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3 Big Things Today, January 11, 2021

Soybean Futures Higher Overnight; Investors Boost Net-Long Positions in Corn.

1. Soybeans Improve Overnight on Signs of Demand

Soybeans were higher in overnight trading on signs of some demand for U.S. supplies while concerns about dry weather in South America persist.

Exporters reported sales of 213,350 metric tons of soybeans to an unnamed buyer for delivery in the 2020-2021 marketing year that started on Sept. 1, the U.S. Department of Agriculture said in a report late last week.

An additional 130,000 metric tons of beans were sold for delivery in the 2021-2022 marketing year to an unknown destination, the USDA said.

That was the first large sale of soybeans reported since Dec. 28.

In Argentina, meanwhile, there’s a “broad dry pattern” expected in the next couple of weeks with temperatures in the 90s that may expand during the 11- to 15-day period, further stressing crops, Commodity Weather Group said in a report.

While some showers will help the northwestern third of Argentina’s growing areas, up to a third of corn and soybeans will see stress in the next few days, CWG said.

Soybean futures for January delivery jumped 8½¢ to $13.83¼ a bushel overnight on the Chicago Board of Trade. Soymeal added $3.30 to $442.90 a short ton, and soy oil dropped 0.29¢ to 43.3¢ a pound.

Corn futures for March delivery were unchanged at $4.96¼ a bushel overnight.

Wheat futures for March delivery fell 1¼¢ to $6.37½ a bushel, while Kansas City futures lost ½¢ to $5.94¼ a bushel.

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2. Speculative Investors Raise Net-Long Positions in Corn, Soft-Red Winter Wheat

Money managers increased their net-long positions, or bets on higher prices, in corn while reducing their bullish outlook on soybeans last week, according to the Commodity Future Trading Commission.

Investors were net-long by 328,208 corn futures contracts as of Jan. 5, the CFTC said in a report. That’s up from the 309,163 net-long positions held a week earlier.

In soybeans, speculators held a net-long position of 159,446 futures contracts, down from 179,606 contracts a week earlier, the agency said. That’s the smallest bullish position for soybeans since the beginning of September.

Despite the decline in soybeans’ net-long position, investors are still quite bullish on the big three agricultural commodities due to dry weather and shipping concerns in Argentina.

Money managers last week held a net-long 21,726 soft-red winter wheat futures contracts, more than double the prior week’s 9,615 contracts, the CFTC said.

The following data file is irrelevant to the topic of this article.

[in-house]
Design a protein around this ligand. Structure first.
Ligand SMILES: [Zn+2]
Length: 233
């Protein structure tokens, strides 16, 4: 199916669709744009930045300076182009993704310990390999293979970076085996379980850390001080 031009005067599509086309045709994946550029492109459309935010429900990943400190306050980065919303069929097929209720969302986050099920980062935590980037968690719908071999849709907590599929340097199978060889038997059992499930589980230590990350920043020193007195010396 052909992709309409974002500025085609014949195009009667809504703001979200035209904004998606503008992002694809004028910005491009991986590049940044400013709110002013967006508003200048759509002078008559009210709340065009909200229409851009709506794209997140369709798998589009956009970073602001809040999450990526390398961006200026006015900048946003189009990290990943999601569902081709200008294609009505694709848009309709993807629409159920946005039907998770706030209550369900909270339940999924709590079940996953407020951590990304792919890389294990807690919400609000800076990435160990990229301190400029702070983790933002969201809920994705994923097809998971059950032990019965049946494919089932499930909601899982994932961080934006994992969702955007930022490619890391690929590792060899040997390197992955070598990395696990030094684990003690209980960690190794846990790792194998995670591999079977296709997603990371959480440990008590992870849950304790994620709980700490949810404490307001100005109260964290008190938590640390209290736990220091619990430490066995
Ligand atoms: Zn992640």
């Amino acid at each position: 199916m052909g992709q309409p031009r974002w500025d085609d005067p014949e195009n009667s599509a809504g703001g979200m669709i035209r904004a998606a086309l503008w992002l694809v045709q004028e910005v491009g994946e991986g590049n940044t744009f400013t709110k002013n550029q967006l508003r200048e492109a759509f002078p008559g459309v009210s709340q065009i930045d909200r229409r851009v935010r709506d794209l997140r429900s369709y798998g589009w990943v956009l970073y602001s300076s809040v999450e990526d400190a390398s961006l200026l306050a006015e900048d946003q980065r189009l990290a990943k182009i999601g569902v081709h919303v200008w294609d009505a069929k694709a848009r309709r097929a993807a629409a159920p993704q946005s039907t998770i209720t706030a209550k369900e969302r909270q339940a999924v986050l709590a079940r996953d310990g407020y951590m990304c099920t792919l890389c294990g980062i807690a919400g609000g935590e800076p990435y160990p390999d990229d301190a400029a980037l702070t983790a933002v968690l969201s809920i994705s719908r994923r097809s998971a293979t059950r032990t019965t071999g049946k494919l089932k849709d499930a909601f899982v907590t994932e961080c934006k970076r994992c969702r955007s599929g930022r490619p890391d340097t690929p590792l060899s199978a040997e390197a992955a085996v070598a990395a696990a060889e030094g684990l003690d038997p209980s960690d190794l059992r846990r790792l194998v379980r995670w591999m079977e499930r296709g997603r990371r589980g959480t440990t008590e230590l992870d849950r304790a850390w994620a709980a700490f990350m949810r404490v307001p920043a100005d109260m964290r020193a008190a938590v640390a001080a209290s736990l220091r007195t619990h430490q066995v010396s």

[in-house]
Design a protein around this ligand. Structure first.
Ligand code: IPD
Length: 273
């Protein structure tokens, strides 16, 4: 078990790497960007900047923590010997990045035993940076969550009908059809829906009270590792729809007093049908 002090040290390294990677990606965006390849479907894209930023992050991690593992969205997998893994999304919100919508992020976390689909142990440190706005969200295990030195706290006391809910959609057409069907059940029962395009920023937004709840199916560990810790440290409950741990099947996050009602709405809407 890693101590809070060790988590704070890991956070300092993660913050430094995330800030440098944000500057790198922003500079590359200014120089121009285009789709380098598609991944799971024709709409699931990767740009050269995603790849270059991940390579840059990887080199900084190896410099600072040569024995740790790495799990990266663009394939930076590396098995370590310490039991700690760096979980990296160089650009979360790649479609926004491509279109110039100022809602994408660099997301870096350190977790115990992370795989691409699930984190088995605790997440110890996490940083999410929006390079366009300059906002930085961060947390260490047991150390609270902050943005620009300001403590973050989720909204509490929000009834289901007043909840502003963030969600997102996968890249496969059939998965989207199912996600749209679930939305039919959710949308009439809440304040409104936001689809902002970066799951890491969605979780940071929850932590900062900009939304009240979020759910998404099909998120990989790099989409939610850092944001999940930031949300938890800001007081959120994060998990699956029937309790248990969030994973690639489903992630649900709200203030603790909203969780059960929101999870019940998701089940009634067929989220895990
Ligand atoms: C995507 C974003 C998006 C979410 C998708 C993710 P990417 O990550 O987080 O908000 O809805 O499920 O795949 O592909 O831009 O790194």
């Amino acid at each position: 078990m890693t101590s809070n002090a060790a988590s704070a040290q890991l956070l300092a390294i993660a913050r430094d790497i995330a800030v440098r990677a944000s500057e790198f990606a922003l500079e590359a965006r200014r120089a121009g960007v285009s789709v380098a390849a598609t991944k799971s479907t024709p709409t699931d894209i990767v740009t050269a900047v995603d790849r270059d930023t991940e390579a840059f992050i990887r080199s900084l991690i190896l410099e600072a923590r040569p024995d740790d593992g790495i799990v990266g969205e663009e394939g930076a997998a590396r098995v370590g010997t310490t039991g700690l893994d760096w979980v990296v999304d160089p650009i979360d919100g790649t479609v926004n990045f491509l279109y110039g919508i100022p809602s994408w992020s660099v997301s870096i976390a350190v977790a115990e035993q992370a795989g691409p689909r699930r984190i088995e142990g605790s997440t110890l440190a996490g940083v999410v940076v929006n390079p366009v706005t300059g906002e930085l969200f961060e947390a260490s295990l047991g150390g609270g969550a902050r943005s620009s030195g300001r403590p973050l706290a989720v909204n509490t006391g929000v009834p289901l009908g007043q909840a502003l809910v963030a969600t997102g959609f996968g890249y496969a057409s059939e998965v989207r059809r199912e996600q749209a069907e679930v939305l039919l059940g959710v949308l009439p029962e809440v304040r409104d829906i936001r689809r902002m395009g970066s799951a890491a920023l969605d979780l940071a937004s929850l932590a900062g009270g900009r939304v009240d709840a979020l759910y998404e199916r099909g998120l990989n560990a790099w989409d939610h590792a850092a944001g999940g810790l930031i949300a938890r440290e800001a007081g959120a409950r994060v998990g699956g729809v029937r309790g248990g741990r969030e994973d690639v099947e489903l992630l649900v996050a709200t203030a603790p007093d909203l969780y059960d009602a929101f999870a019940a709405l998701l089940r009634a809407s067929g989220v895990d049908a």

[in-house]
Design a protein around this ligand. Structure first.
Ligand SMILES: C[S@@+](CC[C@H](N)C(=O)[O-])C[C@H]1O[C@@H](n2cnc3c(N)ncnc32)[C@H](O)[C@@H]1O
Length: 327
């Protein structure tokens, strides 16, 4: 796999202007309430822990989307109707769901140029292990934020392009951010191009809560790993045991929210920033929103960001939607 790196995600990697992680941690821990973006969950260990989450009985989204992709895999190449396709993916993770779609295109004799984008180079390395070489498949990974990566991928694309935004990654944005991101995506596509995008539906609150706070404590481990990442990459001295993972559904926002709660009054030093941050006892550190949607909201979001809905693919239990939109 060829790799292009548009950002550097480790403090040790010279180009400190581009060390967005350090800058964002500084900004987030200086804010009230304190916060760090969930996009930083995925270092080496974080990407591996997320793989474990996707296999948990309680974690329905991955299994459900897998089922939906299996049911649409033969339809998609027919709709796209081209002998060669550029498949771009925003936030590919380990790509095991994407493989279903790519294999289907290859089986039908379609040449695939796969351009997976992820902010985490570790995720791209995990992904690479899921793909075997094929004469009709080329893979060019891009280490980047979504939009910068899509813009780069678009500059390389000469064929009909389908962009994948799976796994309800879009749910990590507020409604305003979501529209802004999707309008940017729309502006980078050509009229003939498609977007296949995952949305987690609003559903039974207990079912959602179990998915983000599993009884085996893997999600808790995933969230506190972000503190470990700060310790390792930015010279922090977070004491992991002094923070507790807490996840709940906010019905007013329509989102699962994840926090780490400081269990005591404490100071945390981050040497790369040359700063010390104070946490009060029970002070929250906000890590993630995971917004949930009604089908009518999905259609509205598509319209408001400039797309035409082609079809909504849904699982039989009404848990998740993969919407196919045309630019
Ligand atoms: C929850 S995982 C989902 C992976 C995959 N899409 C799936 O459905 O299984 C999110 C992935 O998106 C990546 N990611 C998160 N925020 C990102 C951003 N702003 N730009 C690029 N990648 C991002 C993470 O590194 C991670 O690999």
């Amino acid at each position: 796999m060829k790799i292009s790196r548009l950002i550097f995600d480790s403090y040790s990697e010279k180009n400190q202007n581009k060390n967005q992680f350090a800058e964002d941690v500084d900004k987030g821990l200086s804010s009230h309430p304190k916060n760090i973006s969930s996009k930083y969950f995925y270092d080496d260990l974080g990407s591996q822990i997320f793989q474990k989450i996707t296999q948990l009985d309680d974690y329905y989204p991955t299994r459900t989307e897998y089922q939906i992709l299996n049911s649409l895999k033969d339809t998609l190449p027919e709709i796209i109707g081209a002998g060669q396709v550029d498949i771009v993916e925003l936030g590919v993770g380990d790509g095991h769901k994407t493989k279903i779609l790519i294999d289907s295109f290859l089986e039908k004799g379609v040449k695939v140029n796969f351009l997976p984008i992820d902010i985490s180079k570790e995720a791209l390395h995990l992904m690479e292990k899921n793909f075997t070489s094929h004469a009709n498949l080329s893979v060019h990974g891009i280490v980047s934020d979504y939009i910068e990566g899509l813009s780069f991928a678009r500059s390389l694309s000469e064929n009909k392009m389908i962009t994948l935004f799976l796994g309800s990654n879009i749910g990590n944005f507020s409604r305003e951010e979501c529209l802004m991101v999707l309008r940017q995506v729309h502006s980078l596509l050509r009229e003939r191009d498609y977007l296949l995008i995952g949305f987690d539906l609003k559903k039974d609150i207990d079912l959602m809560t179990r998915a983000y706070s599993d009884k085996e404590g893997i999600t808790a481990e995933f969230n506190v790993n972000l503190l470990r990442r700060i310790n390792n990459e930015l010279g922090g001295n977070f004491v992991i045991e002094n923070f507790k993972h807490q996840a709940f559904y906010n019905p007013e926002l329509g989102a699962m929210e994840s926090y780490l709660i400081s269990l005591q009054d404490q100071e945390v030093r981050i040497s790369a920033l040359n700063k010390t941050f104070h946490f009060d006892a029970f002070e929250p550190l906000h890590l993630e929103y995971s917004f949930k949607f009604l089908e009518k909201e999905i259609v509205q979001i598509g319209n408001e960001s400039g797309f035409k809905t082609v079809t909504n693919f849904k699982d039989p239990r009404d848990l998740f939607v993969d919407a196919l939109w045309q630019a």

For hard-red winter wheat, investors held a net-long 53,443 futures contracts as of Jan. 5, down slightly from 54,684 contracts seven days earlier, the agency said in its report.

The weekly Commitment of Traders report from the Commodity Futures Trading Commission shows trader positions in futures markets.

The report provides positions held by commercial traders, or those using futures to hedge their physical assets; noncommercial traders, or money managers (also called large speculators); and nonreportables, or small speculators.

A net-long position indicates more traders are betting on higher prices, while a net-short position means more are betting futures will decline.


3. Winter Storm Warnings in Effect From Texas Through Gulf Coast

Winter storm warnings are in effect from central Texas where snow fell yesterday east across the Gulf Coast into Mississippi, according to the National Weather Service.

In east Texas and much of Louisiana, snow will come to an end this morning, but roads will be icy and slick, the NWS said in a report early this morning.

When the snow stops falling, as much as 4 inches of accumulation is expected, the agency said. The bad weather isn’t over yet.

“Precipitation across most of the area is expected to remain predominantly cold rain, but across interior southeast Texas and central Louisiana, snow or sleet is expected to mix with the rain, and eventually become the dominant weather type in some locations,” the NWS said. “As such, some accumulation of sleet and snow is forecast, with 1 to 3 inches expected and higher amounts possible.”

Farther north in central Nebraska, freezing fog could be an issue this morning, as slick roads are in the forecast.

In eastern Iowa and northern Illinois, meanwhile, some patchy light freezing drizzle may fall tonight, the NWS said.

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